Over the past quarter, our group has conducted financial research on Fortune 100 company General Electric. The history of this company dates back to 1876 when Thomas Edison invented the incandescent electric lamp in a laboratory in Menlo Park, New Jersey. However, it was not until 1892 when a merger took place between his company Edison General Electric Company and The Thompson Houston Company that General Electric Company was formed (ge. com). By 1896 the company was trading publicly on the then newly launched Dow Jones Industrial Average.
Trading under the ticker symbol GE, General Electric is the only company from the original twelve stocks traded on the DJIA that is still listed on the index today. Currently, Jeffery Immelt serves as CEO for the Fortune #6 large cap conglomerate. Focusing on finance and technology, GE provides a vast array of products and services ranging from aircraft engines to consumer financing. Additionally, the company holds a 49% stake in NBC Universal (CNBC). As of 5/19/2011 GE boasts a market capitalization of $208.
1 billion making it the largest amongst competitors in the Diversified Industrials sector. Looking at the last 52 weeks of trading activity, GE has traded in the range of $13. 75- $21. 65. Most recently, the stock closed at $19. 96 (as of 5/19/11), resulting in a Price to Earnings ratio of 15. 9. A visual depiction of GE’s movement over the past year is provided in Exhibit 1. With a Beta of 1. 66, it is evident that GE on average, is more volatile than the market. Although relatively a risky stock, buying in at the 52 week low of $13.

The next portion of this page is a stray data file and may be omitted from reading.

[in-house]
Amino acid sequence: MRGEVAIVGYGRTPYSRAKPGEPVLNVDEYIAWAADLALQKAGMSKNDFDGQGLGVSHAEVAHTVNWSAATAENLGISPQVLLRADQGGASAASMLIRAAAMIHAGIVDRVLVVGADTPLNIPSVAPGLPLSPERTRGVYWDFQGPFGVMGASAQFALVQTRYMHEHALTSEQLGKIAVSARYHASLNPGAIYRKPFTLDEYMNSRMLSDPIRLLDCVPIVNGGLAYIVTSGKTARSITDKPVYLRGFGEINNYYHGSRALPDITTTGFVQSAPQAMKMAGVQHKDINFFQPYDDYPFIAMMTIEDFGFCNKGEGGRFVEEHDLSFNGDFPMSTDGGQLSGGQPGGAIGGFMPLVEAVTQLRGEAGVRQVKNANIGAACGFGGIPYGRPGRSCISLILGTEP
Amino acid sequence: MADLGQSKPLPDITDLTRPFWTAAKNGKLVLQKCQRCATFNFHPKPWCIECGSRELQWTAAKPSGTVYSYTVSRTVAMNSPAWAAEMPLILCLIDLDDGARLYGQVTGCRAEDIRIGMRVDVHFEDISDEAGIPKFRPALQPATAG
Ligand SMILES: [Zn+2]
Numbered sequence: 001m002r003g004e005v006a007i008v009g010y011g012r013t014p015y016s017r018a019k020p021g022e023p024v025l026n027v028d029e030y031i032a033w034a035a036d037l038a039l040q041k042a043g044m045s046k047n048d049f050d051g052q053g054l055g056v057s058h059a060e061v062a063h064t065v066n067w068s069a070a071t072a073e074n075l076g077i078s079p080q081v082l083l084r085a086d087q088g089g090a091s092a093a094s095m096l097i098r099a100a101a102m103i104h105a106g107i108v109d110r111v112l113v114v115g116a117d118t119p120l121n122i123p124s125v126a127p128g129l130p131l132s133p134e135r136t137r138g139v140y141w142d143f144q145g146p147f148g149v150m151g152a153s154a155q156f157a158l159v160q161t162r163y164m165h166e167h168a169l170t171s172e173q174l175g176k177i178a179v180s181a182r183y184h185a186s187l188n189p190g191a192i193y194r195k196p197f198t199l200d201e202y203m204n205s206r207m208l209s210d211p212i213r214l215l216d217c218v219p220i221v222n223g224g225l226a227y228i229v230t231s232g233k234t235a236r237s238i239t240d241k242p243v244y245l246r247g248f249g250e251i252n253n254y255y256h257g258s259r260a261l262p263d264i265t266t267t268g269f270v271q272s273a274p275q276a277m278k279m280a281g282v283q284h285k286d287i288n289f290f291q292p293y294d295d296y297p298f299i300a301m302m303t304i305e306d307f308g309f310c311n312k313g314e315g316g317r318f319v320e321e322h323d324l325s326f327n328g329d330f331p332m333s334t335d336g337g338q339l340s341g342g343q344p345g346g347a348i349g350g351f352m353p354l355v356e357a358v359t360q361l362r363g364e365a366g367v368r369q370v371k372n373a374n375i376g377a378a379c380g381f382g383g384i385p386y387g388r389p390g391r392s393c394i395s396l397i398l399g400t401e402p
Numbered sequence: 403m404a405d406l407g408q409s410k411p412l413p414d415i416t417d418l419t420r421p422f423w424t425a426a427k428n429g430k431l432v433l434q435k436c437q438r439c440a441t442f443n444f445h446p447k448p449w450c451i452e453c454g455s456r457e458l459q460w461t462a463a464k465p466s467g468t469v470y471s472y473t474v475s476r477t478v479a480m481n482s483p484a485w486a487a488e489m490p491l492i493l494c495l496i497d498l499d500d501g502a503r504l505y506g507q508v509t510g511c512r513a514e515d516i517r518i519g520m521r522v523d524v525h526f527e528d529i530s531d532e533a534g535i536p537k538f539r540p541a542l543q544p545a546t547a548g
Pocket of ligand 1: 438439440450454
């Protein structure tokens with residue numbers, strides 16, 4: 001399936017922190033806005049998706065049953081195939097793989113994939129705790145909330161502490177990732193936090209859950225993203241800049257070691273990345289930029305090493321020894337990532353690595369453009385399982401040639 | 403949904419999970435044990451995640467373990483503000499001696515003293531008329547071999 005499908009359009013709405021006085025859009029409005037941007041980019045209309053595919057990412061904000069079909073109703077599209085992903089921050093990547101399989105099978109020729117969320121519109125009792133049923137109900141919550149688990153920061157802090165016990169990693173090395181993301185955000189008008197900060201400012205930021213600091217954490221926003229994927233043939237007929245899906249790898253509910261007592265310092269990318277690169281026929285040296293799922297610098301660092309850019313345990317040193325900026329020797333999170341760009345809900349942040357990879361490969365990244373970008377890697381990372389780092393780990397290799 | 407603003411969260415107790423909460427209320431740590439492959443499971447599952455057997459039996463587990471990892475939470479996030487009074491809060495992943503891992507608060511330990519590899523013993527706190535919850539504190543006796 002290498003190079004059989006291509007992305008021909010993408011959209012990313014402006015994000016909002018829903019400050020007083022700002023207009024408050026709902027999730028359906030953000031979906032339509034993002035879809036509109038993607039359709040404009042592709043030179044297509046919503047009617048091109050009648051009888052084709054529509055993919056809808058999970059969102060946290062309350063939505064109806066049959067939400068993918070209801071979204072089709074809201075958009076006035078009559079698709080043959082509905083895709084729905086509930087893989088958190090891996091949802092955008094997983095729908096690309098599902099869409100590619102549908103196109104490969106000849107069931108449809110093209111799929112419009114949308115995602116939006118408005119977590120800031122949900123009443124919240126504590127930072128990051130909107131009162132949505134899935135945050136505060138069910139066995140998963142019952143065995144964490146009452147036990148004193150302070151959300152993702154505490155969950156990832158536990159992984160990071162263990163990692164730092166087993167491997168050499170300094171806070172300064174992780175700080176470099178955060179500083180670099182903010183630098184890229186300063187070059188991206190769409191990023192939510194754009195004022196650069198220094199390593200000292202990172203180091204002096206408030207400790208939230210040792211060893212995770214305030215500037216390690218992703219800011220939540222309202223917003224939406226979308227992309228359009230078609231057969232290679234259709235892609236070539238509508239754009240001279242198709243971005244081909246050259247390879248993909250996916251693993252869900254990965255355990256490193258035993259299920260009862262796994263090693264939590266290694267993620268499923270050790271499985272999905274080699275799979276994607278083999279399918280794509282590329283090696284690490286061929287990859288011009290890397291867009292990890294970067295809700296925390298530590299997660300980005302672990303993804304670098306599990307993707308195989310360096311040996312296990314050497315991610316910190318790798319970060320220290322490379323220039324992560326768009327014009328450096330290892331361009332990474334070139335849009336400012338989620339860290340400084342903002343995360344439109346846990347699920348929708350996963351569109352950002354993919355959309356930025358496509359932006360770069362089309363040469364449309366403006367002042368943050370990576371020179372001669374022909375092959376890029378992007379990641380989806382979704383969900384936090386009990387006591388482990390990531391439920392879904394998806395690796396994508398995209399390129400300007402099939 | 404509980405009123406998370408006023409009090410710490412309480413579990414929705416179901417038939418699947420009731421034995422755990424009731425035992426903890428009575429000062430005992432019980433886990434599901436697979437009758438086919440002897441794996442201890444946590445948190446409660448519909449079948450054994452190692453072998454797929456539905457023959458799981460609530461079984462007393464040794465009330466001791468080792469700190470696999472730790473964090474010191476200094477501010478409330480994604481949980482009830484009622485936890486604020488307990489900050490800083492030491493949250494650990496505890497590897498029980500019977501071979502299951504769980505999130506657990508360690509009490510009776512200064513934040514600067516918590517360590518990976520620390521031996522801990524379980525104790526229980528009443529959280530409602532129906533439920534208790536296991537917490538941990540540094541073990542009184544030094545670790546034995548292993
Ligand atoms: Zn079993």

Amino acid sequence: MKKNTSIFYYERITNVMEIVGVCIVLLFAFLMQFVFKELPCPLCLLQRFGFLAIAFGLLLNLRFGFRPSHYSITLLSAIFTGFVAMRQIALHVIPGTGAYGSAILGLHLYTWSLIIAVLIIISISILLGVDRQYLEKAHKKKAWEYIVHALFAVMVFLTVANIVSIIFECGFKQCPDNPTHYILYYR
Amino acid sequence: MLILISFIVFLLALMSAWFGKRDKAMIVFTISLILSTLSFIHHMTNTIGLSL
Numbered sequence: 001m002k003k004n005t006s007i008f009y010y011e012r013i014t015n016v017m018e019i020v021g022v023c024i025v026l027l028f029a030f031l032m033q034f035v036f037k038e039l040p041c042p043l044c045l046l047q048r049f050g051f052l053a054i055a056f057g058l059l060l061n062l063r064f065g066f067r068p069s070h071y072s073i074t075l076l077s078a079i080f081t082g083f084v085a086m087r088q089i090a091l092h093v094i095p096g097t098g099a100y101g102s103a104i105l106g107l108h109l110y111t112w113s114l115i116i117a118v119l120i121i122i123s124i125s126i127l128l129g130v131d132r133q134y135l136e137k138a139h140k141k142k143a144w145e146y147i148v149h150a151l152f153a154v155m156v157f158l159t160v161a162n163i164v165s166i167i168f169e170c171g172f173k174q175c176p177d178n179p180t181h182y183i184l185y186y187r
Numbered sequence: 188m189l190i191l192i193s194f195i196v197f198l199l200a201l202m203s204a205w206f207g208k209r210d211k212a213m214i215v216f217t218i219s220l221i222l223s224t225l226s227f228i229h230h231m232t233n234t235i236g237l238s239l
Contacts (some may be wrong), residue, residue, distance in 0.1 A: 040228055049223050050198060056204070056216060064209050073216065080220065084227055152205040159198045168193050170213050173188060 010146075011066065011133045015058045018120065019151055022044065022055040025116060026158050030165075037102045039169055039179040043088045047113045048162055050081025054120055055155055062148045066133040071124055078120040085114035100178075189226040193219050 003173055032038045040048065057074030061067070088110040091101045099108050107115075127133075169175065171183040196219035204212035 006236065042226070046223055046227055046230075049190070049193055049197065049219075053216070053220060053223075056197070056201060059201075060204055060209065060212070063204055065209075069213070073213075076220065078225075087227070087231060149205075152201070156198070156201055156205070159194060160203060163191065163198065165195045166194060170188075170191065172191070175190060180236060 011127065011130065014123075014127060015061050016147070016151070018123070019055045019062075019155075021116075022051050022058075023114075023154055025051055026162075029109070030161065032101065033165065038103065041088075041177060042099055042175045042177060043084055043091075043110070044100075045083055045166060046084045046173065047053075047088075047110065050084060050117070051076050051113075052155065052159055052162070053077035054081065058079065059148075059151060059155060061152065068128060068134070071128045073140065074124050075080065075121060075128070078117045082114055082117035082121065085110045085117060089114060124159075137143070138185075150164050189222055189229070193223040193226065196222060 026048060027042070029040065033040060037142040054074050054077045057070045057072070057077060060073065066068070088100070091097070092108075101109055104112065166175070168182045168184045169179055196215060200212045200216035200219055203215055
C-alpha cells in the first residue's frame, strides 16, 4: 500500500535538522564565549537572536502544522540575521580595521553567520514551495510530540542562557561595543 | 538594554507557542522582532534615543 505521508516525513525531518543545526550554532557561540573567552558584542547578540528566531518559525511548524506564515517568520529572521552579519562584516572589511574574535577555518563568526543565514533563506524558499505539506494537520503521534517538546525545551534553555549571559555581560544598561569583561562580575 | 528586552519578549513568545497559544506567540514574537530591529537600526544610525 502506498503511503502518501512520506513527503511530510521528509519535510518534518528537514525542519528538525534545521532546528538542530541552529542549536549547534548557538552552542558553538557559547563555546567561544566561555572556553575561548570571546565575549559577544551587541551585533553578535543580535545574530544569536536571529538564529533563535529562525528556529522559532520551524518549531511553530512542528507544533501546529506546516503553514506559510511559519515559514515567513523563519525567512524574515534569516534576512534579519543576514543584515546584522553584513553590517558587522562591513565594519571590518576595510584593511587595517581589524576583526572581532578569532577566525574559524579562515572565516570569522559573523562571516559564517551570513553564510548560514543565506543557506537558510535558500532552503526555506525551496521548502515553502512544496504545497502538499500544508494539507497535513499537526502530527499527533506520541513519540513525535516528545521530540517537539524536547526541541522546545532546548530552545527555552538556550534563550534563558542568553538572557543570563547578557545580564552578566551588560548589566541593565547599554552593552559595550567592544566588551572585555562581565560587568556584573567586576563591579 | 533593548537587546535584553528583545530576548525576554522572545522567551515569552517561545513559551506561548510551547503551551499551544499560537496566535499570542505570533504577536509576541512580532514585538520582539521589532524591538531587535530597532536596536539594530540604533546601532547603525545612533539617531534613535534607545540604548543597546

75 and selling at the top of its 52 week range would have earned investors an impressive return of 57. 5%. To compensate for the risk involved, GE returns an annual dividend of 60 cents to shareholders netting a dividend yield of 3. 01. Due to the blue chip nature of the company and the fact GE distributes an annual dividend, it is not surprising that the P/E ratio is lower than that of a company like Baidu (P/E ratio 74. 4) whose value is largely derived from potential growth opportunities as opposed to assets in place.
Note: (Detailed calculations of all preceding financials and ratios are displayed in Exhibit 2. All calculations for subsequent financials and ratios are viewable in Exhibit 3 unless otherwise mentioned. ) Delving deeper into the financials, we began by determining the intrinsic value of Using the Dividend Discount Method, GE’s intrinsic value was calculated to be (…) Applying the Dupont Model for years 2008, 2009, and 2010 we concluded the root of return discrepancy can be attributed to GE’s leverage over the three years.
In 2008, the leverage is 7. 622, which is much higher than the leverage in 2009 and 2010 (6. 666, and 6. 316 respectively). The difference of leverage in those years shows that GE used less equity in 2008 than they did in 2009 and 2010, allowing a larger ROE in 2008 (17. 283%) than the following years (9. 207% and 10. 513%). Going further we analyzed the company’s liquidity, activity, leverage, and profitability.